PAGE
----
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Miles, Nelson Appleton, 1839-1925 / Personal recollections and observations of General Nelson A. Miles embracing a brief view of the Civil War, or, From New England to the Golden Gate: and the story of his Indian campaigns, with comments on the exploration, development and progress of our great western empire
(1896)

Chapter XXXVII. The Arizona campaign. (I),   pp. 480-493 PDF (5.5 MB)


Page 488


PESONAL REC(OLLECTIONS OF
would like to have you accomnpany Captain Lawton's command, and as you
are probably in as good a condition as anyone to endure what they endure,
you can iiake a careful study of the Indians at every opportunity and
discover wherein lies their superiority, if it does exist, and whether it
is
hereditary, and if hereditary, whether the fiber and sinew and nerve
power is of a finer quality, and whether their lungs are really of greater
development and capacity to endure the exertion of climbing these
mountains than those of our best men."
   Captain Wood entered into the spirit of this most heartily, and his serv-
ices and observations and example were most comninendable and valuable
and added much to the final success of the enterprise.
   The other officers of the command were selected for similar considerations.
   Captain Lawton's picked infantry, Indian scouts and cavalry were at
times under the immediate command of Lieutenants Henry Johnson, Jr.,
Eighth Infantry, H. C. Benton, R. A. Brown, R. S. Walsh and A. L. Smith,
Fourth Cavalry, and Leighton Finley, Tenth Cavalry. Lieutenant Finley,
now dead, rendered very efficient service in coimand of the scouts during
the first two months of the camipaign. He was a gallant officer and had
distinguished himself the preceding year (1885) in an affray with the hostiles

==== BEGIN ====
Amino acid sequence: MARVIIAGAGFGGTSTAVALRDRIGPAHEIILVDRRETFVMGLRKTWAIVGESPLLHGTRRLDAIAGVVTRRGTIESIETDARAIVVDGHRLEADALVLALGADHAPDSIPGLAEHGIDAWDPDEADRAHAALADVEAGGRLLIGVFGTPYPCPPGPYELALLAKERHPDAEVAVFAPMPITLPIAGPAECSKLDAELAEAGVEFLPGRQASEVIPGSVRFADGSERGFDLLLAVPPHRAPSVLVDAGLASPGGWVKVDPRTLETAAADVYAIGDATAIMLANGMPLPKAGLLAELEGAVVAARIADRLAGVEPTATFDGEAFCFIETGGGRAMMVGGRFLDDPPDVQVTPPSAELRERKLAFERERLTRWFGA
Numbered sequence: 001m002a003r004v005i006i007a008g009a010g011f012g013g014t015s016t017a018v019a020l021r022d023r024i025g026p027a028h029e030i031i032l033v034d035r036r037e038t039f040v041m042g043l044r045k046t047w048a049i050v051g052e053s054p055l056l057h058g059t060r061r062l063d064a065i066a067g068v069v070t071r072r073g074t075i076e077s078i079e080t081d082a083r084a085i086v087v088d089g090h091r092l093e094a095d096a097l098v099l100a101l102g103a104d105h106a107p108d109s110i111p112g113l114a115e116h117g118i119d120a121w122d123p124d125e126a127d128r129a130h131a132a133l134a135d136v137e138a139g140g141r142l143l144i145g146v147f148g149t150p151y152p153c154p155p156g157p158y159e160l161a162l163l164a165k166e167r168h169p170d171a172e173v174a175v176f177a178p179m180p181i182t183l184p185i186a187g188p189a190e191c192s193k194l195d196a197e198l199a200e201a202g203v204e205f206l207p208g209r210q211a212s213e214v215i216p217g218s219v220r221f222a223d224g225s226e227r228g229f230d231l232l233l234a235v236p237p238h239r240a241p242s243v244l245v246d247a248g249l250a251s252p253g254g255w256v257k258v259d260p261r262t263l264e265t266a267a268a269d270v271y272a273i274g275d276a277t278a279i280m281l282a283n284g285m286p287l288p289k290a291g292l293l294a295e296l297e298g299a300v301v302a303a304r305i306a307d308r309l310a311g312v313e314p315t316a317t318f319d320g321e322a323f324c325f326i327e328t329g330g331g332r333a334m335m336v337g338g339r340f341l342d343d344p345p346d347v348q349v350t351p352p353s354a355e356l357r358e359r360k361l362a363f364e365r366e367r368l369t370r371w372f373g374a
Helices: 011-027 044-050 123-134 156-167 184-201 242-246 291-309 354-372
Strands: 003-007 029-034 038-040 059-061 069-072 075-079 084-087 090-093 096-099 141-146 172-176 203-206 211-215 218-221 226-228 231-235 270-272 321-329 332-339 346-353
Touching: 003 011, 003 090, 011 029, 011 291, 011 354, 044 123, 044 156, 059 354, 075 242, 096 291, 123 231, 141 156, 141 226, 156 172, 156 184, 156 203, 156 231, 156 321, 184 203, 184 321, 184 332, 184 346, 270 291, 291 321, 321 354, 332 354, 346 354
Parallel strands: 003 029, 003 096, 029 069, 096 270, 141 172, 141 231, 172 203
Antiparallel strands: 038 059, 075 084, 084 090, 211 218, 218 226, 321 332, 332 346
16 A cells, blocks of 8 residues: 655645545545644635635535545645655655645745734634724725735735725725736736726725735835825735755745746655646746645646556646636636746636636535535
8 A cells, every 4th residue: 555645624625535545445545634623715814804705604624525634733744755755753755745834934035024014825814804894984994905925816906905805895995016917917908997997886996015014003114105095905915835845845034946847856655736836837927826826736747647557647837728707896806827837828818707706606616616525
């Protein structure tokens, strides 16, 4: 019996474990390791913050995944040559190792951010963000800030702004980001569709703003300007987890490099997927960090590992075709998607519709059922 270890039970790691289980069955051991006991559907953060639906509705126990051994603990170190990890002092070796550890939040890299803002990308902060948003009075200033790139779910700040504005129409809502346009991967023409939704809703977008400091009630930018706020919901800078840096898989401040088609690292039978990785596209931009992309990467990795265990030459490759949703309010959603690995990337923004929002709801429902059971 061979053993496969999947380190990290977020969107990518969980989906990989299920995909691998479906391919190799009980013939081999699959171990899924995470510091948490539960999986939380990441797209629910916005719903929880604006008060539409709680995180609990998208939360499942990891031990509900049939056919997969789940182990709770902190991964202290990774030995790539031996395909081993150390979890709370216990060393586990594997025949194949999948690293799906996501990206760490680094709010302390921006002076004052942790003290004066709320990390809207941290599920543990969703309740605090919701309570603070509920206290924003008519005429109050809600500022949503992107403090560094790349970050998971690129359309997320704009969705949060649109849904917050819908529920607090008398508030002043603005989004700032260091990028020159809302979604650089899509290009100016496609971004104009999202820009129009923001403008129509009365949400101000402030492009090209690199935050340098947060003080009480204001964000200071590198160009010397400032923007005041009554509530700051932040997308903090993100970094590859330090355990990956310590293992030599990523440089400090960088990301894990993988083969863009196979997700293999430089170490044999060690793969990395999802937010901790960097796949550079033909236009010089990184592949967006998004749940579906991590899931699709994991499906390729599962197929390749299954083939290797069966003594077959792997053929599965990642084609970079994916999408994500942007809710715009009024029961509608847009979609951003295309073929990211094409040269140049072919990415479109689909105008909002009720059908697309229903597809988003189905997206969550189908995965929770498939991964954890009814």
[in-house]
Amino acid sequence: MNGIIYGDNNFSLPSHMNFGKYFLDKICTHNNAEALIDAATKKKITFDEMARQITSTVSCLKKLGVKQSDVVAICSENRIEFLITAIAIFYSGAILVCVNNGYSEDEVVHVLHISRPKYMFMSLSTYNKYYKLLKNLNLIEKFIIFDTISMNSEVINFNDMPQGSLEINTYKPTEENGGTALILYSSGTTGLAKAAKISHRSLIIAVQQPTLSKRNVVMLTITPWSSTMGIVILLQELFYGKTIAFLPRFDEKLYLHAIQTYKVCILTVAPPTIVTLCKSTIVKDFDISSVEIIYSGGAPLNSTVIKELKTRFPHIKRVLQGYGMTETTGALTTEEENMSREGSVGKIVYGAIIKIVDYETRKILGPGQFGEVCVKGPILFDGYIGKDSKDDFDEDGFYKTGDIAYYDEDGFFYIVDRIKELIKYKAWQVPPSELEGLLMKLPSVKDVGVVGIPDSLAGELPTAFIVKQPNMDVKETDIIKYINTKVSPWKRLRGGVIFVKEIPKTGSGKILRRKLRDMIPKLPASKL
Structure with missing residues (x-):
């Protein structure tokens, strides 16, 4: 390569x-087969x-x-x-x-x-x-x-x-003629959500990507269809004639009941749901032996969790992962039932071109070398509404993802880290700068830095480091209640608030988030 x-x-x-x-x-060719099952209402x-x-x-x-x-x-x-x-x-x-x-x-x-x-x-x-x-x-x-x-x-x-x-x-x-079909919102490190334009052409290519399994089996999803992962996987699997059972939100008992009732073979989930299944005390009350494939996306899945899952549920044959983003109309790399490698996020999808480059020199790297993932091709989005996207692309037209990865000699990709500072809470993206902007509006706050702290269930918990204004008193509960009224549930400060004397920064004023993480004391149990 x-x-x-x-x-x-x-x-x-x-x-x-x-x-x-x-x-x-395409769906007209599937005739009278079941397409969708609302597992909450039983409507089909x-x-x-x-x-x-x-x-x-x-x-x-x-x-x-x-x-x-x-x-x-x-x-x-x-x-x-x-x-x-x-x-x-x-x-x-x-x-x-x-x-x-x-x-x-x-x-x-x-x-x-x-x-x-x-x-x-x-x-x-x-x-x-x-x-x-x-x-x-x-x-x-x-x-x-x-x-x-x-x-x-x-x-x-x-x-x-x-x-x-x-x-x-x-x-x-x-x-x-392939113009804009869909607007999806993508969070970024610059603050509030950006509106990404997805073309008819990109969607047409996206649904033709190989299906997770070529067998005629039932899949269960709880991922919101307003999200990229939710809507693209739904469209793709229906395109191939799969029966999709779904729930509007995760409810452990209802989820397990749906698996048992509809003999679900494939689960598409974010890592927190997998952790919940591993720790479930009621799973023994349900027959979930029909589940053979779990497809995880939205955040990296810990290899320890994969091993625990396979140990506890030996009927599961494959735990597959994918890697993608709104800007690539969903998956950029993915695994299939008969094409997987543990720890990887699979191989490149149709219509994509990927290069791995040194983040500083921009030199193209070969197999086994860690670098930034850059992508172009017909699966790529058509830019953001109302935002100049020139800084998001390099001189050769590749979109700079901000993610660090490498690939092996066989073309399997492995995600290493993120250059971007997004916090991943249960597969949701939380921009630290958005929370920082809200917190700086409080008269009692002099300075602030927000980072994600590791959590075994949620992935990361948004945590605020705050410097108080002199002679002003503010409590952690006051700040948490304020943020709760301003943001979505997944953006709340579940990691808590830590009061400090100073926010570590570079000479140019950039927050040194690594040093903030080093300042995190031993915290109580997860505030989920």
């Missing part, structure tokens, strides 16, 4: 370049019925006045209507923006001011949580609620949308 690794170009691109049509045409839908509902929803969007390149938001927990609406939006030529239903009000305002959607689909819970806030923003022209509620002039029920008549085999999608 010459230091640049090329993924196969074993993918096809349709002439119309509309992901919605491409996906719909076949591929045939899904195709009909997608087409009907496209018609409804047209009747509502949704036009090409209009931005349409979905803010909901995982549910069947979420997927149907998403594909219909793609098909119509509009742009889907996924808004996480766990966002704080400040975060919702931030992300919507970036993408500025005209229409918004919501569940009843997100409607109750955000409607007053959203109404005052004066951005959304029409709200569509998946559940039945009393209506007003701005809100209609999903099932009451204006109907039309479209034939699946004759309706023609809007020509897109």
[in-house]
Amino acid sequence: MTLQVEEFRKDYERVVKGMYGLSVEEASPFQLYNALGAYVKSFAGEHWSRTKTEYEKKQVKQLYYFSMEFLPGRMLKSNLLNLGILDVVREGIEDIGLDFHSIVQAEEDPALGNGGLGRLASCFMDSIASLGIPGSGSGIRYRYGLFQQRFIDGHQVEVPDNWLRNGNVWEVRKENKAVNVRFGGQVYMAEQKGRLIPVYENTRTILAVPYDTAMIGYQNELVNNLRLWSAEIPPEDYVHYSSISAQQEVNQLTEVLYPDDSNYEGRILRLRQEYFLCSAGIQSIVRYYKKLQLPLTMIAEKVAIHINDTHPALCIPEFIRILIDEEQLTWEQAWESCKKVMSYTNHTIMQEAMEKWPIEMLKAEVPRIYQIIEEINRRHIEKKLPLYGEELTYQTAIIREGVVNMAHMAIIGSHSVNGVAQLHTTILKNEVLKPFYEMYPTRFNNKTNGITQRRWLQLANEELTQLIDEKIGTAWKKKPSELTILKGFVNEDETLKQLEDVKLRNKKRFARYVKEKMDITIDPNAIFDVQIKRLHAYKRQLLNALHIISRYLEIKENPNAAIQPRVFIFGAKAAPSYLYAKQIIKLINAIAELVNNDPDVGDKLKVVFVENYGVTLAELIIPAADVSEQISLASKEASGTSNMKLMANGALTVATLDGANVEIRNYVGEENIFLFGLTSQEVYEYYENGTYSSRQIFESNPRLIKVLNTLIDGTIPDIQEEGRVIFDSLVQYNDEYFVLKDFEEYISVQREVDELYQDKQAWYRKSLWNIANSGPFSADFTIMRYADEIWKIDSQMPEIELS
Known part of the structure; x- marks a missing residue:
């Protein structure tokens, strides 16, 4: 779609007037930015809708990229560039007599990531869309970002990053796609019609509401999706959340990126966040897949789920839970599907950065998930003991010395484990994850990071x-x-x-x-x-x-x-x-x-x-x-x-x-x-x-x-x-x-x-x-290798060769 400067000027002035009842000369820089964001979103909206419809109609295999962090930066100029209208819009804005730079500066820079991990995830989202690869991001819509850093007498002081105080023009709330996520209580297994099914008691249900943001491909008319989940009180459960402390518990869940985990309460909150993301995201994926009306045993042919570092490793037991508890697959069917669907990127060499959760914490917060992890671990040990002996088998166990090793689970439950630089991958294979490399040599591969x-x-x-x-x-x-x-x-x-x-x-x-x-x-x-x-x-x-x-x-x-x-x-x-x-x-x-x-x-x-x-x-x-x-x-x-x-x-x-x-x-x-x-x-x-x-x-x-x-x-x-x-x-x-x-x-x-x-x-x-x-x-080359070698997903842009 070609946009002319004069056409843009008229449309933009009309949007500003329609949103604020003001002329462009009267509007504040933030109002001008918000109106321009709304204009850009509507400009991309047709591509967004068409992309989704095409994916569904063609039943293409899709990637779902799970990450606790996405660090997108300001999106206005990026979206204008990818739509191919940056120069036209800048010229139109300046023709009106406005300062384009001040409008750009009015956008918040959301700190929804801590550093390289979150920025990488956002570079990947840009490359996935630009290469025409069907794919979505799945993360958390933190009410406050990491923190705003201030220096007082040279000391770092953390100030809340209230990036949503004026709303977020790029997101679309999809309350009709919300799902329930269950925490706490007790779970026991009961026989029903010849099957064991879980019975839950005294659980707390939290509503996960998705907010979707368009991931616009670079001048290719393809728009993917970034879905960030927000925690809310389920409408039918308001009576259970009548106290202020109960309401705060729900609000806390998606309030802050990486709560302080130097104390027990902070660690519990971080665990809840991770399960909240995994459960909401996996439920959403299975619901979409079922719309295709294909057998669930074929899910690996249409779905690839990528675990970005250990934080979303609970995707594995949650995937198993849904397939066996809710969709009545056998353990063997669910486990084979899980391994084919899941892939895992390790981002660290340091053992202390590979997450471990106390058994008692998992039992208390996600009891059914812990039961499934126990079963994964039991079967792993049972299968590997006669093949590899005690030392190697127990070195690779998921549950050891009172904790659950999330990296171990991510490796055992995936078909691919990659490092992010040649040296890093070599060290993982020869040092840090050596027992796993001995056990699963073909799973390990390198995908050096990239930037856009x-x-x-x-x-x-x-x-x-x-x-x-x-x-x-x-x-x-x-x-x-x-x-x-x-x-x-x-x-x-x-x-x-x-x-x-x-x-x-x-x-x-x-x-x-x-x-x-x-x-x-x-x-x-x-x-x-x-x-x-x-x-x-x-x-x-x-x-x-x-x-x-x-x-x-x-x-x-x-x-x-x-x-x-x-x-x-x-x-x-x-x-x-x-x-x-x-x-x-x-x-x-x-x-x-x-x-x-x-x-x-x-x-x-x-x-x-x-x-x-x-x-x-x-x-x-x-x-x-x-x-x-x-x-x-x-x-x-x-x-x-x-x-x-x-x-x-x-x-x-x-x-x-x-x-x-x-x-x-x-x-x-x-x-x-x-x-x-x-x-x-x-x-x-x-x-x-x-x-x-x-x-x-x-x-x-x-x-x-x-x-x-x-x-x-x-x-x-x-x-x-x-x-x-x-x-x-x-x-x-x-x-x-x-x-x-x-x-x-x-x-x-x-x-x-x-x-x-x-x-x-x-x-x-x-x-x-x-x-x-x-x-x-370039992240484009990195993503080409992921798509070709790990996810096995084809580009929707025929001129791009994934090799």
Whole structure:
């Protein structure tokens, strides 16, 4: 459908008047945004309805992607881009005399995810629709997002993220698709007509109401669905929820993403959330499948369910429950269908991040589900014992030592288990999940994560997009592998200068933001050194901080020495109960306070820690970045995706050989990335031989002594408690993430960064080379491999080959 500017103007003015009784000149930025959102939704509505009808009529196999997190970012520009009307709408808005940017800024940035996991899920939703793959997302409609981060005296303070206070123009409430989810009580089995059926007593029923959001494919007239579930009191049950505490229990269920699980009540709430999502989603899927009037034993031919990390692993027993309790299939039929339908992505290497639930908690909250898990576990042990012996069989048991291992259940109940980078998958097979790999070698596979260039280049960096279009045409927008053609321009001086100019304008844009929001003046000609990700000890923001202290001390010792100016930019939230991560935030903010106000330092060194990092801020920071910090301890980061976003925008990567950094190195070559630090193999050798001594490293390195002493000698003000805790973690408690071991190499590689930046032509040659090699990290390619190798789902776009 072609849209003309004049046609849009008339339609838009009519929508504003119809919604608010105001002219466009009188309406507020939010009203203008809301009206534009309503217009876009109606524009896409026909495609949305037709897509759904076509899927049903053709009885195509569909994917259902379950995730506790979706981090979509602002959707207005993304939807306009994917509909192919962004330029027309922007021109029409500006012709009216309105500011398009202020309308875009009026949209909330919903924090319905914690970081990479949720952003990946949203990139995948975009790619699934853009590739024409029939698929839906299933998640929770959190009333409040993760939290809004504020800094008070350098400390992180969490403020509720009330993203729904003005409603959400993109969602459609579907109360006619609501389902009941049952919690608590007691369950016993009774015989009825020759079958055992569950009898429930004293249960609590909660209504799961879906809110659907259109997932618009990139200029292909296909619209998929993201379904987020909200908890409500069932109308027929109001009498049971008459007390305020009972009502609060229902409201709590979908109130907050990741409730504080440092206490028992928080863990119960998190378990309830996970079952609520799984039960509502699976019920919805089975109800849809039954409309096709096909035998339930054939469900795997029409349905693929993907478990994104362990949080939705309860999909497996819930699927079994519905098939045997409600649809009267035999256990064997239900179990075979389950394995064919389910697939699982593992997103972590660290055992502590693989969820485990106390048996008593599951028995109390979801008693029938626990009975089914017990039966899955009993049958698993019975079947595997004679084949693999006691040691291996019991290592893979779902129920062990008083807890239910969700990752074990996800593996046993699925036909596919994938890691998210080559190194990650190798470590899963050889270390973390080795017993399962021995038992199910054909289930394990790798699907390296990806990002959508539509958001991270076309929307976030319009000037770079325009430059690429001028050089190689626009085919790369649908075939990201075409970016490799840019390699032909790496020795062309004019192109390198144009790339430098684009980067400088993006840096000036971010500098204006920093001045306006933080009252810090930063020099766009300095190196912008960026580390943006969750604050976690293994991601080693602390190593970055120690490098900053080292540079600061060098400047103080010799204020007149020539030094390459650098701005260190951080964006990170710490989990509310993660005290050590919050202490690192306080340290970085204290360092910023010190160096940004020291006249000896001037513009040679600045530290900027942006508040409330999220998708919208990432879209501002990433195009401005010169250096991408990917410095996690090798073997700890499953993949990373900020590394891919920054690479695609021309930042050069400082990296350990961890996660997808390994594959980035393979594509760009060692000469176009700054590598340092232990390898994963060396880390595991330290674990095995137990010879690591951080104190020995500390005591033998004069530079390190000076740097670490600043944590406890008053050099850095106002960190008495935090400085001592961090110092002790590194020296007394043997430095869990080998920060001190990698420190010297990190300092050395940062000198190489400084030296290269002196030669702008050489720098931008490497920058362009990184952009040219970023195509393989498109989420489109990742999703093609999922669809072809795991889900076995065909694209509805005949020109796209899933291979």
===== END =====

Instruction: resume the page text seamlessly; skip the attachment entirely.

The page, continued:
in Arizona during an attack which they had made upoii a command to
which he was attached. Lieuternant Brown coimimuanded the scouts dur-
ing the last two months of the pursuit and rendered valuable service.
They are all entitled to great credit for the zeal, judgment and fidelity
with which they carried out his instructions.
   The soldiers of this commnand wvere also carefully selected and I doubt
whether there was ever a finer collection of maen and officers, for the num
ber,
gathered in one comnmand. It was a question of fidelity, of endurance, of
tenacity of purpose; for when the troops north of the boundary had
driven the hostiles over the border. this comiiiiand was expected to take
up the chase and continue it until the hostiles were either worn down and
brought to bay, or driven back again to our territory. Well did they
accomplish this duty, as will be seen by every reader who follows to the
end the narrative of this five months' campaign.
   The command was perfectly equipped and abuundanitly supplied, and in
such a way as to be independent of wagon transportation. The pack-train
was the best in the country, and, in addition to the supplies carried by
it.
I moved by trains down the valleys practicable for wagons. abundant
supplies, in order that this movable command could have a movable base
for their stores and military supplies.
488


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